As those questions get sorted out, it’s worth noting that the White House has gone to pains to emphasize that it has only agreed to release the information voluntarily—meaning that neither the policy’s application nor the fine points of its language will be subject to court review. While both the Bush and Obama White Houses faced lawsuits attempting to compel disclosure of visitor logs under FOIA—and lost them three times at the federal district court level—the question remained on appeal at the time the new policy was announced last month. Citizens for Responsibility and Ethics in Washington, which waged many of the key lawsuits, agreed to drop its cases in wake of the administration’s discretionary policy. While questionable application of the policy could draw a new suit on the question of whether the records are under FOIA’s jurisdiction, there is nothing to stop this or any future administration from modifying, ignoring, maliciously misinterpreting, or dropping the visitor disclosure policy at will.

“It’s up to them to live by their agreement,” Mosk told CJR.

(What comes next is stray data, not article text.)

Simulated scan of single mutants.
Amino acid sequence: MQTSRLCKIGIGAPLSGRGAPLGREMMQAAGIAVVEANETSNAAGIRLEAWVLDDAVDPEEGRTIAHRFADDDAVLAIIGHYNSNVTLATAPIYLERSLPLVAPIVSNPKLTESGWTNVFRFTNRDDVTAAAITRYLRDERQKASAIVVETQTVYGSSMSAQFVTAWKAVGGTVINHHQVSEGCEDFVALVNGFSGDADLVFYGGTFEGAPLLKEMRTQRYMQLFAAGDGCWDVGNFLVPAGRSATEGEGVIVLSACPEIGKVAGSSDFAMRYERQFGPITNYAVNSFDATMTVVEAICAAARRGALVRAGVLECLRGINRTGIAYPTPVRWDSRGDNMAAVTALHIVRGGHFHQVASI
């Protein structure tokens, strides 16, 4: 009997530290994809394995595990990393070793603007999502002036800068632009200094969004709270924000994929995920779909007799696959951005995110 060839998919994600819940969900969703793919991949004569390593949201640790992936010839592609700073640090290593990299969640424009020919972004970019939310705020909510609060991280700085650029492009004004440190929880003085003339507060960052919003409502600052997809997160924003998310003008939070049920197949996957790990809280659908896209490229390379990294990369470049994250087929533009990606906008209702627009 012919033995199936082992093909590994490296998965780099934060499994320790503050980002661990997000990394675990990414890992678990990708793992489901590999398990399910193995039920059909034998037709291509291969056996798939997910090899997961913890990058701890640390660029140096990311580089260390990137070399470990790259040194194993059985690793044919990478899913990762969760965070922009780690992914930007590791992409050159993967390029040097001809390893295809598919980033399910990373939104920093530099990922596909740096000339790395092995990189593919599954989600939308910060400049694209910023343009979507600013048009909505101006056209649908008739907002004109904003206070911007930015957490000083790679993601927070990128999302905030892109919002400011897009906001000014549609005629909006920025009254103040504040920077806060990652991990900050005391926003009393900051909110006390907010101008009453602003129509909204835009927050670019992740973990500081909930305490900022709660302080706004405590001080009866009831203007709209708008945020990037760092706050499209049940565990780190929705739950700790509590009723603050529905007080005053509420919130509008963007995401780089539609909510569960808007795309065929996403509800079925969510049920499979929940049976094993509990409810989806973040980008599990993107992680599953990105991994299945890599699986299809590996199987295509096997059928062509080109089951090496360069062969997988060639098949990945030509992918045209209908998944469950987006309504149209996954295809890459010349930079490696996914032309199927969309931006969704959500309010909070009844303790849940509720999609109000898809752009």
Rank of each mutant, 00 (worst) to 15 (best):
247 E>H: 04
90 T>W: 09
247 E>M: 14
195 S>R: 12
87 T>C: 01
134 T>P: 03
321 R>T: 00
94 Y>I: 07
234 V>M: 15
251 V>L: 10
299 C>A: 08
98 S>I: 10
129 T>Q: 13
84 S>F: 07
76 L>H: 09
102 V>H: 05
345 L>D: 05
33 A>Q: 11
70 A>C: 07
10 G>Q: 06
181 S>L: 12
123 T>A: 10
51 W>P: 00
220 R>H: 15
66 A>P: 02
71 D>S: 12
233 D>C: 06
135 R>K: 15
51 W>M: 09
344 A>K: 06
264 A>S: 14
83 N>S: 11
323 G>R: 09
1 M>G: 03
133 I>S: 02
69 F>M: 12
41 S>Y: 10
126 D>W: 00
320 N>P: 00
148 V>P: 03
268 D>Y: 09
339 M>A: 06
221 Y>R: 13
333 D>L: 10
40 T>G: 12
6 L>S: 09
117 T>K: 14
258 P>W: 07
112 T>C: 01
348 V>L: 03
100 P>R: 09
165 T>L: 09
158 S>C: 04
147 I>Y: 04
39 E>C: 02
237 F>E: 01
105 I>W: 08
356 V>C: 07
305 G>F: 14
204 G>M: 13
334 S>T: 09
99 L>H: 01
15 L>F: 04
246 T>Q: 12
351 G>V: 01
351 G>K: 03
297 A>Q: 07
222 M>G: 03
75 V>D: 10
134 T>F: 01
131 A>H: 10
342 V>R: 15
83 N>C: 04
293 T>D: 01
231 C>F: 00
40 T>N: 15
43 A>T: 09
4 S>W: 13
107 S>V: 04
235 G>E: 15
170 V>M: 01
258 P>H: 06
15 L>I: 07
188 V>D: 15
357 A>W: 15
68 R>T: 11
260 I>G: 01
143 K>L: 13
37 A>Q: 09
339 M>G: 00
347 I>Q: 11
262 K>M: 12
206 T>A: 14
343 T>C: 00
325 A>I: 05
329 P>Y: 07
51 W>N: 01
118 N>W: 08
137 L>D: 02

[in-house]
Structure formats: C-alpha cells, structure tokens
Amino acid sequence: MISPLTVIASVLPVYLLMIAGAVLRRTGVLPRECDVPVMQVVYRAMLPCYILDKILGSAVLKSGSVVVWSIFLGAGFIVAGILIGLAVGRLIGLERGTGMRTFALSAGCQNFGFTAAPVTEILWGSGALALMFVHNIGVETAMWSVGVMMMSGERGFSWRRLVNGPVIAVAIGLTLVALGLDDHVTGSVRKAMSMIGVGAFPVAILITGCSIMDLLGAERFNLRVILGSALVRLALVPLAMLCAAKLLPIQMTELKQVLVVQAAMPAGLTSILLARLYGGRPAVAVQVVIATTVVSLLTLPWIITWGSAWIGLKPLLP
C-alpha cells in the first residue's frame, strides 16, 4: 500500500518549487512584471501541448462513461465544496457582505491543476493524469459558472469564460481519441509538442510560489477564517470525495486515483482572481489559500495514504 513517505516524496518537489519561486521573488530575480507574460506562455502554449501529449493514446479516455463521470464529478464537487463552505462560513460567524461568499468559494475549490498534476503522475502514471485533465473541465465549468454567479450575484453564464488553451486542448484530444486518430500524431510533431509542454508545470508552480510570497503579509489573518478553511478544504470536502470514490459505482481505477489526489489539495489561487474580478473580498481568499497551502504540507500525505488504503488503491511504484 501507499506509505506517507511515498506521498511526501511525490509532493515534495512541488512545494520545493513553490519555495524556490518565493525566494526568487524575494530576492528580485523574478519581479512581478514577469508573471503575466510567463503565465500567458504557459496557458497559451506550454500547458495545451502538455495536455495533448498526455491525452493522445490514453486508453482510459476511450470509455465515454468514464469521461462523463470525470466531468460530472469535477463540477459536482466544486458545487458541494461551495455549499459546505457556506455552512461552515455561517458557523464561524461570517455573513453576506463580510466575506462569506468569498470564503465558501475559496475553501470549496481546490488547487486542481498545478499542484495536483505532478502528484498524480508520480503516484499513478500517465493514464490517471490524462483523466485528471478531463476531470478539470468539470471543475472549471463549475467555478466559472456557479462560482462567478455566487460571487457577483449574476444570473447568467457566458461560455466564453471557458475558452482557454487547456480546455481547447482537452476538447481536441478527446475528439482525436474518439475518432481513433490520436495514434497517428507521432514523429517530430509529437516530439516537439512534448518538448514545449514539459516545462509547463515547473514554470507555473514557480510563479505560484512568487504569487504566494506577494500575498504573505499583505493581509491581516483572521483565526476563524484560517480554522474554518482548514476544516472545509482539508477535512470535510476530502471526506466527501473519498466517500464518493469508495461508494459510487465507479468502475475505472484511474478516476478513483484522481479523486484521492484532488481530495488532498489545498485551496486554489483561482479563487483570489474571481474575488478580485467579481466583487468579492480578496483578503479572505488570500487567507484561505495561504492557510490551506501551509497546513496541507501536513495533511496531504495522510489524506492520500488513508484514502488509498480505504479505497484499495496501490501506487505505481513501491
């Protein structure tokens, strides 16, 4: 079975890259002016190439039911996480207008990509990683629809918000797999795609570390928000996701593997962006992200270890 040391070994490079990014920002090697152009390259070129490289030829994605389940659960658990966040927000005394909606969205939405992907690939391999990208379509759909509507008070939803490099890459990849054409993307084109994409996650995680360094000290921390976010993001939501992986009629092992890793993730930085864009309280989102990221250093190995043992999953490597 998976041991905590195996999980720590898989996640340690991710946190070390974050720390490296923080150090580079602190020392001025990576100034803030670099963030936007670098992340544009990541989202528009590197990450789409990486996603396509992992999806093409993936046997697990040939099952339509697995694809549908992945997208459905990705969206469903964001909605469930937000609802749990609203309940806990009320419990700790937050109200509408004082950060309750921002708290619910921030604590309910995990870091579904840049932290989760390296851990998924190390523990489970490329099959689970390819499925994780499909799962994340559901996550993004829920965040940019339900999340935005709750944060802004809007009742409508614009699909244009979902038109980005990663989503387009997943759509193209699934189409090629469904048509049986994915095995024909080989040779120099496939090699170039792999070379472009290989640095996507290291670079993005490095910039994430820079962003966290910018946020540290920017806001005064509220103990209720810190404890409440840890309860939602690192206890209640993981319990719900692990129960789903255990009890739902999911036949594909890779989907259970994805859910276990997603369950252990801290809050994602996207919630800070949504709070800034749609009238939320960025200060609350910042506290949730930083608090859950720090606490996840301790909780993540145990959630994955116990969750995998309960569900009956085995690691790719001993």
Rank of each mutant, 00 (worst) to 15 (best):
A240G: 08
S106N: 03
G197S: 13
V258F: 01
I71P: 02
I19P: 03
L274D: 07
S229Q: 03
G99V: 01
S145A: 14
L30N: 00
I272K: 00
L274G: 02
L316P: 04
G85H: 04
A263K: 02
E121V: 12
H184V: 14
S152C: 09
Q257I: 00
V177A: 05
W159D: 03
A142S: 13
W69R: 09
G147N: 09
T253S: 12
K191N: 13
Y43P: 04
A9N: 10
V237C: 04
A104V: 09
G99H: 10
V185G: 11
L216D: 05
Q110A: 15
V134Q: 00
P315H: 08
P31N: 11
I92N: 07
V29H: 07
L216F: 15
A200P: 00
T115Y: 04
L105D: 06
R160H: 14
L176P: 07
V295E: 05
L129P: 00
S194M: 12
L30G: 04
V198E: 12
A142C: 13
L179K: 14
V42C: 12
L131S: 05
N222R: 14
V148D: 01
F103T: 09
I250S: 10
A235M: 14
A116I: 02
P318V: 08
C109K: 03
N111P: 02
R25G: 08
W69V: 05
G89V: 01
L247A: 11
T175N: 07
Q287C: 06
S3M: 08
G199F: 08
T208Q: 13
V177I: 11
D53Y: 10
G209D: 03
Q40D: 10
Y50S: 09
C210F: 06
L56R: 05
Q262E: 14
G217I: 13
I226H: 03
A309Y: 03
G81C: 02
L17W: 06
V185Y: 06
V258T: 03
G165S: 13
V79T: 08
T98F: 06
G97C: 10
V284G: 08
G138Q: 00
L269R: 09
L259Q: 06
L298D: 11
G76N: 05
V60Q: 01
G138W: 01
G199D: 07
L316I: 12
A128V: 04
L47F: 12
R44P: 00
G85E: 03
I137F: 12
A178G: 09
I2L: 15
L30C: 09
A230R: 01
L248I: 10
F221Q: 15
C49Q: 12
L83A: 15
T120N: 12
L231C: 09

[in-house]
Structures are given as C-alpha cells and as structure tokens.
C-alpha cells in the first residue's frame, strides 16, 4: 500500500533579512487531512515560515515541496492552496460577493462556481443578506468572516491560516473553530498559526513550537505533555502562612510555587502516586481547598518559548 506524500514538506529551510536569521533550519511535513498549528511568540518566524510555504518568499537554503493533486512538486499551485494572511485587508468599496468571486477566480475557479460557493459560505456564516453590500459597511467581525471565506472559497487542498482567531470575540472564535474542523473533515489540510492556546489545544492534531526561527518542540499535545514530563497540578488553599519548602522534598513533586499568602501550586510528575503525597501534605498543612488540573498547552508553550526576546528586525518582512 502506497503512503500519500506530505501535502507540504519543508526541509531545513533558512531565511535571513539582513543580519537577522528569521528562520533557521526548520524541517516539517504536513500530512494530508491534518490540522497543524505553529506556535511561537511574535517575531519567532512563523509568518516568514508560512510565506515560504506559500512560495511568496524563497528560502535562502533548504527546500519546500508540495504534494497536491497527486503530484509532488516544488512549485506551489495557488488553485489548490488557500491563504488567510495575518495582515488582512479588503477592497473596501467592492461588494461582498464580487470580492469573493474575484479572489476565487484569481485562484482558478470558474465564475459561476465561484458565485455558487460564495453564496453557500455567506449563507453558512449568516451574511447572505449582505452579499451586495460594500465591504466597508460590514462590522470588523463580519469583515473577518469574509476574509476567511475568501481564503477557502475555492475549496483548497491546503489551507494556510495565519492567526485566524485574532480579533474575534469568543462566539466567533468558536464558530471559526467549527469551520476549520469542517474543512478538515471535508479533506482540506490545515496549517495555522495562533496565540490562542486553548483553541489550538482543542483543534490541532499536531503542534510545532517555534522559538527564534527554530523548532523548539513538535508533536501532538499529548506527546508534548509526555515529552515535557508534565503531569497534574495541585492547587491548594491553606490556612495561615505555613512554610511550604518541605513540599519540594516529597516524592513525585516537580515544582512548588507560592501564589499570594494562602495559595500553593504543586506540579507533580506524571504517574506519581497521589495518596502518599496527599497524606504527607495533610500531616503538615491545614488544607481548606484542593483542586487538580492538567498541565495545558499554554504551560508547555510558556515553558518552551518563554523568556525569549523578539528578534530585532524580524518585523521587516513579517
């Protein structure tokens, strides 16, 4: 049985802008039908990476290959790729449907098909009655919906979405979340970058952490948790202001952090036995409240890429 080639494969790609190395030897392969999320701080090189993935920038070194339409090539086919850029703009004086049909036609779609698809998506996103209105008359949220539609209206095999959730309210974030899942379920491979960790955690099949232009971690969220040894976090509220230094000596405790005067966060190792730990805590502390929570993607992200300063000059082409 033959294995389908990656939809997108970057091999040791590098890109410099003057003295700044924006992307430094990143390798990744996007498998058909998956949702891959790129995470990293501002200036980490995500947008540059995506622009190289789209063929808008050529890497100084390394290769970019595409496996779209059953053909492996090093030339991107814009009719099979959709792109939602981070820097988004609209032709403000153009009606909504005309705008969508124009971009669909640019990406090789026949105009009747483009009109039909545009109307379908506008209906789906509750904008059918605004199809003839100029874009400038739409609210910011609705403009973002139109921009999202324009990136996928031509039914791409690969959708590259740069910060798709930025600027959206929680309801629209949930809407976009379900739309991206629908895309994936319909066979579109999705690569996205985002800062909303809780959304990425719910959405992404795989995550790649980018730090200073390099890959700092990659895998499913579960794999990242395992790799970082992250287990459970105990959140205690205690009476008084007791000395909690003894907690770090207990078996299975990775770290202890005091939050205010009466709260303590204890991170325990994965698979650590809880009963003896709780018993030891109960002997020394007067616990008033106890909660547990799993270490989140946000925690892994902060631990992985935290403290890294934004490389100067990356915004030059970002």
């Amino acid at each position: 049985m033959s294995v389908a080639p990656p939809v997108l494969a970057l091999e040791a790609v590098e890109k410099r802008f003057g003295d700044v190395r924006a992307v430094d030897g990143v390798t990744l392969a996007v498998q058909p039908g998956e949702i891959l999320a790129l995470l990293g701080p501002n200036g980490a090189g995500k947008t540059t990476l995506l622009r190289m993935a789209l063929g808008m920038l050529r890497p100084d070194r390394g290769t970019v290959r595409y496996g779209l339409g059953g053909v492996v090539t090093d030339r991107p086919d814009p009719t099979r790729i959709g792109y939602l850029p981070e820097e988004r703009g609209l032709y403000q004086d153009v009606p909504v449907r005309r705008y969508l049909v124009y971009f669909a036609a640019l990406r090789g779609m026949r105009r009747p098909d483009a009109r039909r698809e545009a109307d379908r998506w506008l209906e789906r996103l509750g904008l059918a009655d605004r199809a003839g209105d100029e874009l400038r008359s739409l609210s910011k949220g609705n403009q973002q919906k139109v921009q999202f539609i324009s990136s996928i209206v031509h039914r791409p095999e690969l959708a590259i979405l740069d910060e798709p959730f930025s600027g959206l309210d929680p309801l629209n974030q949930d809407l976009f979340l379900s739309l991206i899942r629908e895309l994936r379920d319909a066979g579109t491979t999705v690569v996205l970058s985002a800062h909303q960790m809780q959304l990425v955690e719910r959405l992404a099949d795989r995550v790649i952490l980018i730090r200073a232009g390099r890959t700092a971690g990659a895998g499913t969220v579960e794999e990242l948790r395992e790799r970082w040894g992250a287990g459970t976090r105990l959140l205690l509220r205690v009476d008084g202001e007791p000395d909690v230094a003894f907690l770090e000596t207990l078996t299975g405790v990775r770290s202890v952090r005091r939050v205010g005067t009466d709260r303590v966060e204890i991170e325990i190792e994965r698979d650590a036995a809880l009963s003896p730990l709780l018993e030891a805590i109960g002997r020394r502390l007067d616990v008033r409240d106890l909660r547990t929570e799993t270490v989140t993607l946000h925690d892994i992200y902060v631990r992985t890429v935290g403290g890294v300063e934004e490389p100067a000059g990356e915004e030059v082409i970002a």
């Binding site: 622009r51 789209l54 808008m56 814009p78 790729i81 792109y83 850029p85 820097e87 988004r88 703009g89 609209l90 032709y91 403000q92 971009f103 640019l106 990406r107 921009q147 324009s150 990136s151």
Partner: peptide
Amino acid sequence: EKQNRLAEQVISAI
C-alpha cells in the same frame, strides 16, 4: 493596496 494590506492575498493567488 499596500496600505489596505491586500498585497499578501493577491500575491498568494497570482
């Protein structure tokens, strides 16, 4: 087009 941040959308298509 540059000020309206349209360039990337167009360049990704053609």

While the White House has promised to release the first batch of visitor records from September 15 to October 15, minus withholdings, by late December, plans for a full release of visitor records between the inauguration and mid-September are, at best, vague at this point. (Judicial Watch is threatening to sue over the issue.)

The White House maintains a Web form where anyone can submit a request for visitor information from this eight-month period, for up to ten people at a time. After initially sending a letter requesting visitor records for the president’s top forty-five bundlers to White House counsel Gregory Craig on September 25, Mosk was told to submit the requests online, which he did in early October. On Monday, Mosk says he was told that he could expect the records “fairly soon.” The request remained unfilled at the time of the article’s publication, and it remains unclear when he’ll get them.

“I’m guessing Halloween,” says Mosk. “Or some other inconvenient time.”

Clint Hendler is the managing editor of Mother Jones, and a former deputy editor of CJR.